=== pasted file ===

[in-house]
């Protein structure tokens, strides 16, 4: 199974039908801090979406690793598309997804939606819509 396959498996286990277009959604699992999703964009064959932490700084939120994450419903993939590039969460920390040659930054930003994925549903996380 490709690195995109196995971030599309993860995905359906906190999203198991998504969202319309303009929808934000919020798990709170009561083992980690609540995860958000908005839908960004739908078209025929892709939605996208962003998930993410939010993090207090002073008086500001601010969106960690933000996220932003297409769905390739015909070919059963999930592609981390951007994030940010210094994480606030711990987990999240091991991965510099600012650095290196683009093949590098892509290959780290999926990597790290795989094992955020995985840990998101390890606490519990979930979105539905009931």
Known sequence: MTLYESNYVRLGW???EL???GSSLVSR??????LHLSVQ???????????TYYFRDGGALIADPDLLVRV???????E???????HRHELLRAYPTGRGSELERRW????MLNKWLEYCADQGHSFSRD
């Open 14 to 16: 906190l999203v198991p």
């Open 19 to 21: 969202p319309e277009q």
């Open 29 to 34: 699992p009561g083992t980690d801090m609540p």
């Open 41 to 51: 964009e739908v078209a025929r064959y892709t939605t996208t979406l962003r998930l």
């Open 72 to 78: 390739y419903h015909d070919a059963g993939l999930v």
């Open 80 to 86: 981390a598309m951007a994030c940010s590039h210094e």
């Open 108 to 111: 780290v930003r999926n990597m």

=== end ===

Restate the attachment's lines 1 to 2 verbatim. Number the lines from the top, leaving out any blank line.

[in-house]
């Protein structure tokens, strides 16, 4: 199974039908801090979406690793598309997804939606819509 396959498996286990277009959604699992999703964009064959932490700084939120994450419903993939590039969460920390040659930054930003994925549903996380 490709690195995109196995971030599309993860995905359906906190999203198991998504969202319309303009929808934000919020798990709170009561083992980690609540995860958000908005839908960004739908078209025929892709939605996208962003998930993410939010993090207090002073008086500001601010969106960690933000996220932003297409769905390739015909070919059963999930592609981390951007994030940010210094994480606030711990987990999240091991991965510099600012650095290196683009093949590098892509290959780290999926990597790290795989094992955020995985840990998101390890606490519990979930979105539905009931």